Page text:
Doctors used to tell everyone having their lipids checked to fast for 10 to 12 hours before having their blood drawn. Lipids include your cholesterol and triglyceride levels. If you're having only your total cholesterol level checked, you don't need to fast at all, according to the Harvard Health Letter. But if you're having your triglycerides or low-density lipoprotein level checked, you do need to fast, because what you eat or drink can affect triglycerides.
Total Cholesterol Levels
Doctors often test a lipid panel, which includes not only total cholesterol levels but also high-density lipoprotein, or HDL, the so-called "good" cholesterol, and low-density lipoprotein, or LDL, the so-called "bad" cholesterol, as well as triglycerides. Testing all four gives your doctor a much more complete picture of your lipid health. While total cholesterol is helpful, it tells just a small part of the overall picture. You could have low total cholesterol but high triglycerides and high LDL, which would make for an unhealthy lipid profile.
What you eat or drink within the 12 hours before a triglyceride test can raise your levels by as much as fivefold to tenfold, according to Lab Tests Online. While fatty foods such as cream might seem like the biggest culprit in raising triglyceride levels, sugar also raises your triglycerides. Plain tea without cream and sugar might not have the same effect, but don't drink it without asking your doctor first; MayoClinic.com recommends not drinking tea or coffee before checking your lipids.
The reason why LDL is affected by what you eat or drink is because doctors use your triglyceride levels to figure your LDL levels. Low-density lipoprotein is difficult to measure directly, so doctors use a formula called the Friedewald equation. To figure LDL by this method, use this equation: LDL = (Total cholesterol) - (HDL) - (Triglycerides ÷ 5). For example, if your total cholesterol is 200, your HDL is 50 and your triglycerides are 150, your LDL would be: 200 - 50 - (150 ÷ 5) = 120. So if your triglycerides were artificially high from what you ate or drank, it would affect your LDL levels.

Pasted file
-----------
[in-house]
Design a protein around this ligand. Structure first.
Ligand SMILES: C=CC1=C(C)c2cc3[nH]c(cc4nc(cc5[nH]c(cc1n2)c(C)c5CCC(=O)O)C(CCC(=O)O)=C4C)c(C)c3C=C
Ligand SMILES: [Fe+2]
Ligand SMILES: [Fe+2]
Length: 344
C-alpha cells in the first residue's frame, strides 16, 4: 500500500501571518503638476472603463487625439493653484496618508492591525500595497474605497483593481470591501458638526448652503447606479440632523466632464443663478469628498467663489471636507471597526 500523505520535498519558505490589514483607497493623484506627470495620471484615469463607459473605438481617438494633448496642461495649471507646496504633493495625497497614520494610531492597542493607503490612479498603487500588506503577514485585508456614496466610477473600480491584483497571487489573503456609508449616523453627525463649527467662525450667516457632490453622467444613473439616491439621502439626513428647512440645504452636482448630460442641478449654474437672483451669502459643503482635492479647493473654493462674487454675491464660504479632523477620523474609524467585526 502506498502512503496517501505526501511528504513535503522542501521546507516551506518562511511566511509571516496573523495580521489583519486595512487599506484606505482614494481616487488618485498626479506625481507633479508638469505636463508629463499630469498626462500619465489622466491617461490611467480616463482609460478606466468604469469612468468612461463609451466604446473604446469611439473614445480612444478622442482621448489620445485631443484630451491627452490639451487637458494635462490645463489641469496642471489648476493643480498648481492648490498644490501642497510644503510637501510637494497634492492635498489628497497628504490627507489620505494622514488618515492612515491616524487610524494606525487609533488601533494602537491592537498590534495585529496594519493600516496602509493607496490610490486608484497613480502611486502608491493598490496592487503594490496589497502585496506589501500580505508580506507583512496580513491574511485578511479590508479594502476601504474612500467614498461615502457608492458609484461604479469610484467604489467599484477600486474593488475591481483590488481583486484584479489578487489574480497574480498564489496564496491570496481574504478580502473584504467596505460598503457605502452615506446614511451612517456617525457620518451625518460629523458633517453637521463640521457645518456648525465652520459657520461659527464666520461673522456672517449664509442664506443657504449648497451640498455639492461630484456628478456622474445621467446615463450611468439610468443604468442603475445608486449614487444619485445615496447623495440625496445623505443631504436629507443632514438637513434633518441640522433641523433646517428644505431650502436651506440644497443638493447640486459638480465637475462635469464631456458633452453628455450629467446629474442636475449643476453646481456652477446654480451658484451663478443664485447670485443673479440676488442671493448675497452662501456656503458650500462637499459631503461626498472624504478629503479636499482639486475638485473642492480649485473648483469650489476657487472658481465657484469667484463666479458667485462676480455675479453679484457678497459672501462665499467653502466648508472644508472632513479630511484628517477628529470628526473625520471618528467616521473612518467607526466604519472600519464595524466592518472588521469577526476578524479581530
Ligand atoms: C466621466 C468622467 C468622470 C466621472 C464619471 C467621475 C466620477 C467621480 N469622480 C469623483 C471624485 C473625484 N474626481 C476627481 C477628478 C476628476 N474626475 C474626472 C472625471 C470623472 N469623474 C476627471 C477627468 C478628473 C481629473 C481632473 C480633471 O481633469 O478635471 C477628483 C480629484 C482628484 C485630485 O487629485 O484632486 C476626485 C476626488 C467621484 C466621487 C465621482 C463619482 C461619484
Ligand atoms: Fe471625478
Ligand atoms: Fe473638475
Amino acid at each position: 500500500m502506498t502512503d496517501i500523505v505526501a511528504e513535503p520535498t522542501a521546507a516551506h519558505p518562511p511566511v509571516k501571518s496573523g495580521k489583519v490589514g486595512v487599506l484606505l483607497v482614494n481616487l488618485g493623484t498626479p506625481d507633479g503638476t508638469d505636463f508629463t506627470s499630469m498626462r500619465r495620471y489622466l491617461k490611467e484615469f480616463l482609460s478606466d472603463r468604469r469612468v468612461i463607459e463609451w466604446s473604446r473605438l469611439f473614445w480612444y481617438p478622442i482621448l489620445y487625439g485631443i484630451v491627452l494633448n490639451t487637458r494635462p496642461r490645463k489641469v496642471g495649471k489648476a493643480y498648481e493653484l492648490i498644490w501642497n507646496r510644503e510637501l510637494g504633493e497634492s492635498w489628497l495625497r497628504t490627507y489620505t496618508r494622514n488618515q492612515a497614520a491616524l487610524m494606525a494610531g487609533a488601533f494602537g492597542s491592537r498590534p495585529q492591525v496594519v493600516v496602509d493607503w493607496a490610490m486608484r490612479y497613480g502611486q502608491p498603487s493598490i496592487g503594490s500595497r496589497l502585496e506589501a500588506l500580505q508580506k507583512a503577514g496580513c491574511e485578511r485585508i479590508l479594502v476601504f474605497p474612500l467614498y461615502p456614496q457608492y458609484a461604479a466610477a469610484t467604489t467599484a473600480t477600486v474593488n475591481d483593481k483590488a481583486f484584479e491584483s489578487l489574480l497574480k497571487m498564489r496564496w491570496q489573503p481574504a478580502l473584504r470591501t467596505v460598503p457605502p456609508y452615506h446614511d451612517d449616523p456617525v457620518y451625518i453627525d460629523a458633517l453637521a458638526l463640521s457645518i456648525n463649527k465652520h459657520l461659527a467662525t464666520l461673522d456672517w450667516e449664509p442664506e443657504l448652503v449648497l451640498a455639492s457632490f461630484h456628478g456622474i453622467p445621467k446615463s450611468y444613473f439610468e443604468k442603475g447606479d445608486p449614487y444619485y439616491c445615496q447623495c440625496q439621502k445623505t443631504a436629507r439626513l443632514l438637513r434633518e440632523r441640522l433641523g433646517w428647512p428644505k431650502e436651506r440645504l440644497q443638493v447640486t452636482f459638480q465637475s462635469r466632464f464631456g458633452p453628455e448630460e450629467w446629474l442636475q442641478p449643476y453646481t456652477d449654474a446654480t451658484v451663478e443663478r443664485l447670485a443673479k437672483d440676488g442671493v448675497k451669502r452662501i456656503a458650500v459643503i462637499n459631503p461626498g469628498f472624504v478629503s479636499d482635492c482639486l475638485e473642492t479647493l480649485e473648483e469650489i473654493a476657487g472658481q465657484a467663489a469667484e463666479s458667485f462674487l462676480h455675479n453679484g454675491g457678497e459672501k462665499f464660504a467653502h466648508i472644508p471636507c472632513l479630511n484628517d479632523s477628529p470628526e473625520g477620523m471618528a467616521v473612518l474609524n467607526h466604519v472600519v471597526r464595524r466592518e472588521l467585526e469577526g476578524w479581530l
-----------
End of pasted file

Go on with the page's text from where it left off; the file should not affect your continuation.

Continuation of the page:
Tea, particularly green tea, might help lower lipid levels when you drink it on a regular basis. A Chinese review of 14 studies published in the August 2011 "American Journal of Clinical Nutrition" found that drinking green tea significantly lowered total cholesterol and LDL levels but didn't affect HDL.
A registered nurse with more than 25 years of experience in oncology, labor/delivery, neonatal intensive care, infertility and ophthalmology, Sharon Perkins has also coauthored and edited numerous health books for the Wiley "Dummies" series. Perkins also has extensive experience working in home health with medically fragile pediatric patients.